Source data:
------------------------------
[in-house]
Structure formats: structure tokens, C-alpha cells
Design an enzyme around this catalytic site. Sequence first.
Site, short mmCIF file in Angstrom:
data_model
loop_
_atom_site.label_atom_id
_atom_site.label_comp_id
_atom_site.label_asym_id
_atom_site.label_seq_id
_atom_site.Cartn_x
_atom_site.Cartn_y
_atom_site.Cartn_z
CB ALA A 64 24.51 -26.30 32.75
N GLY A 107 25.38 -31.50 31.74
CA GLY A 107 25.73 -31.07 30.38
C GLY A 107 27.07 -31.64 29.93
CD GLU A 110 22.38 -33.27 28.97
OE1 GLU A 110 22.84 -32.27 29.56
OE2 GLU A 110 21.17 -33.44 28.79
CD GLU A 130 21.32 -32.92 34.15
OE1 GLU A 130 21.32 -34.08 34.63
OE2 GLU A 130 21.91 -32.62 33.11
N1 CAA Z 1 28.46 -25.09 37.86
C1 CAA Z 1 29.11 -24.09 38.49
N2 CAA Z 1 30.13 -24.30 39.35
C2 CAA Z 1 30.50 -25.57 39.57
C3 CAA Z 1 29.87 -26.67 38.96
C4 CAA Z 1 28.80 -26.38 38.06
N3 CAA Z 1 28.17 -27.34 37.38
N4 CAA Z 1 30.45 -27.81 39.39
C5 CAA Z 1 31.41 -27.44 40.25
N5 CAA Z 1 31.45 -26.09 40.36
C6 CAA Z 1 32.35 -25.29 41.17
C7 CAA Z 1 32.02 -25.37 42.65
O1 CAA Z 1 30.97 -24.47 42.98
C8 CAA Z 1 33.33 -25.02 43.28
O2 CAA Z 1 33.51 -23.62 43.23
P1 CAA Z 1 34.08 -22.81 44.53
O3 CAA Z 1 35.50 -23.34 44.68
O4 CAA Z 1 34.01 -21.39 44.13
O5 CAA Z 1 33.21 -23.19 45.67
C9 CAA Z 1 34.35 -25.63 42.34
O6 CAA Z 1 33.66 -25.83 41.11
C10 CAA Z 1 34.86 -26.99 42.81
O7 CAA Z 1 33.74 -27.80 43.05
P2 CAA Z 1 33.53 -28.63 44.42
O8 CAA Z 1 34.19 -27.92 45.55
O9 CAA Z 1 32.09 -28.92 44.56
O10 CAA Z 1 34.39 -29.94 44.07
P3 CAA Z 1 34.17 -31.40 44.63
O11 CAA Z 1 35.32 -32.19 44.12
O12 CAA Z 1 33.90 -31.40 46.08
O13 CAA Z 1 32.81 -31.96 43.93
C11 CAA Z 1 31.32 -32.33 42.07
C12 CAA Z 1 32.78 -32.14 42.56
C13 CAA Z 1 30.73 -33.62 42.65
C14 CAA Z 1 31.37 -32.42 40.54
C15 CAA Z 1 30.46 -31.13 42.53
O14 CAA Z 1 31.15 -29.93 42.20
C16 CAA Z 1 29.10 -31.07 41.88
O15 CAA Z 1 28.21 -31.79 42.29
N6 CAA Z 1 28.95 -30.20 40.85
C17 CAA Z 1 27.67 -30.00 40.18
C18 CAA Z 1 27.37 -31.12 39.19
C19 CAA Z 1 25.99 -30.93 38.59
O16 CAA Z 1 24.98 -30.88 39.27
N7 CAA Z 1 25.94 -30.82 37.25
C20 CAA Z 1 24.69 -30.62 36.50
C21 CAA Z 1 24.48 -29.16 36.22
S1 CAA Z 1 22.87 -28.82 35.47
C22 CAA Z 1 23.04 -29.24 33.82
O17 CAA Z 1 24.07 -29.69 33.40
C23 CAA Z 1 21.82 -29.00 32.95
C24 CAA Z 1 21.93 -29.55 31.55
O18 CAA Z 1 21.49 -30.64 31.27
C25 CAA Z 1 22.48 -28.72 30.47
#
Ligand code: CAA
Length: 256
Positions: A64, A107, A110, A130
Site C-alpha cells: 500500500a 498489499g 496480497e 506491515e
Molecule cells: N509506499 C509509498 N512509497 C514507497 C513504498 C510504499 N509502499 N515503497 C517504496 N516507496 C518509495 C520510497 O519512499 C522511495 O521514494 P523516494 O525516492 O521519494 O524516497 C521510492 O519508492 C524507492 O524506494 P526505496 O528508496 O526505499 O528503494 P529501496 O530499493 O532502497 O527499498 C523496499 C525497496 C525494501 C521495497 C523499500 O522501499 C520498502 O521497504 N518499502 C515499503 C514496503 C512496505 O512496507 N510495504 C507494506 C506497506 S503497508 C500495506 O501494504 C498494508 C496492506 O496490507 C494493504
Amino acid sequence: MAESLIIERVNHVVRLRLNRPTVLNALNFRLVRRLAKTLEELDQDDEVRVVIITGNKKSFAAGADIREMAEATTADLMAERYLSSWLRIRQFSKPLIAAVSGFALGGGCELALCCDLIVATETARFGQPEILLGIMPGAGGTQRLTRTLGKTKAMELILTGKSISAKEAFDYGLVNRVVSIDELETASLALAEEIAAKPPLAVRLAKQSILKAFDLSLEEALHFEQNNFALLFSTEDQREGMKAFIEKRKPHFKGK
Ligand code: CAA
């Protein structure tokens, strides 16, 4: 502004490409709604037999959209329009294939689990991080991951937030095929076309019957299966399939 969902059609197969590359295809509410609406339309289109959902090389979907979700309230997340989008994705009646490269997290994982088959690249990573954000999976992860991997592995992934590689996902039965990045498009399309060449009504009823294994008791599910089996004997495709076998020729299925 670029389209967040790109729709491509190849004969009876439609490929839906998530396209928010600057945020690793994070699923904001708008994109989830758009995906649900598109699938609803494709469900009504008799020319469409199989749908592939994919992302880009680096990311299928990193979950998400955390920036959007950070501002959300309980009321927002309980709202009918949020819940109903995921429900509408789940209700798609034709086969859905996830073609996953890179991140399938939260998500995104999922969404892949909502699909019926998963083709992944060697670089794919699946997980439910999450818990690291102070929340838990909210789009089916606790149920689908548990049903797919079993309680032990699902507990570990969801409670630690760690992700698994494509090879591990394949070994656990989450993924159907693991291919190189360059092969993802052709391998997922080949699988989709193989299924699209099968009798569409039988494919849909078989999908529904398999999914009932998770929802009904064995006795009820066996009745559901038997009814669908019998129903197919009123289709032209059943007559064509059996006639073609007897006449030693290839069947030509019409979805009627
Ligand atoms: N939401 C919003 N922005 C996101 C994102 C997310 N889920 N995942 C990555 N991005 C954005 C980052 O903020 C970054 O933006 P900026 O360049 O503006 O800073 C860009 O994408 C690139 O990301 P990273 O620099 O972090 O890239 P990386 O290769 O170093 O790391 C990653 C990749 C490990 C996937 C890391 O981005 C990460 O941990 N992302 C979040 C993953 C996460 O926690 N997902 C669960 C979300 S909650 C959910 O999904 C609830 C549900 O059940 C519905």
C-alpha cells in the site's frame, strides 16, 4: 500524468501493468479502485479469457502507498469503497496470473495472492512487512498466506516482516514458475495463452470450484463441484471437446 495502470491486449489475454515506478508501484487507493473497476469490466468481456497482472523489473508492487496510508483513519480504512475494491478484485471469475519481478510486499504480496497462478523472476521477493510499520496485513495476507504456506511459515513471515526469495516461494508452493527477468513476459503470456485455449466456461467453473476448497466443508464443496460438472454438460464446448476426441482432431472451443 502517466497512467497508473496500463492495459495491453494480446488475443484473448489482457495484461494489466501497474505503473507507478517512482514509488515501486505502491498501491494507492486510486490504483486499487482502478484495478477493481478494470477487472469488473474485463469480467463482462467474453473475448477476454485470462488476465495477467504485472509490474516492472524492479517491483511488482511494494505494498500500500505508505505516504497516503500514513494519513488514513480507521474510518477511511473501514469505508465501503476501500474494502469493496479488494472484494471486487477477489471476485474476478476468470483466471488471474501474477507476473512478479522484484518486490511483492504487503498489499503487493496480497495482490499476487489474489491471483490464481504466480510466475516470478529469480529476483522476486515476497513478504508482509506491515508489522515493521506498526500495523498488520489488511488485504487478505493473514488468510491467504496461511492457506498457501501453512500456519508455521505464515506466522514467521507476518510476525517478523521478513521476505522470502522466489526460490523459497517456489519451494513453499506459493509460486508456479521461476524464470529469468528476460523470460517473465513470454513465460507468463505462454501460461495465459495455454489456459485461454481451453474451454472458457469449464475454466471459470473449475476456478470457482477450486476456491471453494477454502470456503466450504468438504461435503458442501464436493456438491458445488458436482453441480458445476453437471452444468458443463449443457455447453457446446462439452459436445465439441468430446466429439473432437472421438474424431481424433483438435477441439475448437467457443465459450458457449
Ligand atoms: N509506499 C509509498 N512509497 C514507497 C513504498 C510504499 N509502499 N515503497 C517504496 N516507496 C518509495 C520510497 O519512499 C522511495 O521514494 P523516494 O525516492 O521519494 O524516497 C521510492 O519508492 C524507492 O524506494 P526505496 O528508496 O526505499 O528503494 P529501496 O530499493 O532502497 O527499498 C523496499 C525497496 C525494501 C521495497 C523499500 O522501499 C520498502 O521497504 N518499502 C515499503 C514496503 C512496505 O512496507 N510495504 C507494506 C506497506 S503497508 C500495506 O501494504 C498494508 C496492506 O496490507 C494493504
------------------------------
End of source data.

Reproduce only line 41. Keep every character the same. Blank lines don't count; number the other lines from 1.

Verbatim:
O4 CAA Z 1 34.01 -21.39 44.13